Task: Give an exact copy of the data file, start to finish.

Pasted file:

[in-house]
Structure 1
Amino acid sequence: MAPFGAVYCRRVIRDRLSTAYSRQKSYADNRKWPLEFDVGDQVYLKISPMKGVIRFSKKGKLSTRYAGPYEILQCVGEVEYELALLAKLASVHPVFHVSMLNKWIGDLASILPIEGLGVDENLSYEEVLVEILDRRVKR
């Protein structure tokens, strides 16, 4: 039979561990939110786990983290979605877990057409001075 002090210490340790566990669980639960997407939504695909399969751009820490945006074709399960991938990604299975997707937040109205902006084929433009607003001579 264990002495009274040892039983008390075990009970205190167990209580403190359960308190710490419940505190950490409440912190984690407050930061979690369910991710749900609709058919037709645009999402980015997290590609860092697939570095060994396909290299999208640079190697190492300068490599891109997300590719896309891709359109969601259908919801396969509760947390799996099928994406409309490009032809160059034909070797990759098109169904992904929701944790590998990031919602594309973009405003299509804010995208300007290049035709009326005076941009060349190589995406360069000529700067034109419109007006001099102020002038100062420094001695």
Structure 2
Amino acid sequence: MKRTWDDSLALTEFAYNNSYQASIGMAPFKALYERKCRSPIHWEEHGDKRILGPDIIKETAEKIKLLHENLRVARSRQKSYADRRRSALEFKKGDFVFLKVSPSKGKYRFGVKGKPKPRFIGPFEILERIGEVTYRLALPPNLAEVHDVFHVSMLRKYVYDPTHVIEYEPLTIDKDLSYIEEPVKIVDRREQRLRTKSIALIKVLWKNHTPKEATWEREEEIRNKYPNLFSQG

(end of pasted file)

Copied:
[in-house]
Structure 1
Amino acid sequence: MAPFGAVYCRRVIRDRLSTAYSRQKSYADNRKWPLEFDVGDQVYLKISPMKGVIRFSKKGKLSTRYAGPYEILQCVGEVEYELALLAKLASVHPVFHVSMLNKWIGDLASILPIEGLGVDENLSYEEVLVEILDRRVKR
């Protein structure tokens, strides 16, 4: 039979561990939110786990983290979605877990057409001075 002090210490340790566990669980639960997407939504695909399969751009820490945006074709399960991938990604299975997707937040109205902006084929433009607003001579 264990002495009274040892039983008390075990009970205190167990209580403190359960308190710490419940505190950490409440912190984690407050930061979690369910991710749900609709058919037709645009999402980015997290590609860092697939570095060994396909290299999208640079190697190492300068490599891109997300590719896309891709359109969601259908919801396969509760947390799996099928994406409309490009032809160059034909070797990759098109169904992904929701944790590998990031919602594309973009405003299509804010995208300007290049035709009326005076941009060349190589995406360069000529700067034109419109007006001099102020002038100062420094001695």
Structure 2
Amino acid sequence: MKRTWDDSLALTEFAYNNSYQASIGMAPFKALYERKCRSPIHWEEHGDKRILGPDIIKETAEKIKLLHENLRVARSRQKSYADRRRSALEFKKGDFVFLKVSPSKGKYRFGVKGKPKPRFIGPFEILERIGEVTYRLALPPNLAEVHDVFHVSMLRKYVYDPTHVIEYEPLTIDKDLSYIEEPVKIVDRREQRLRTKSIALIKVLWKNHTPKEATWEREEEIRNKYPNLFSQG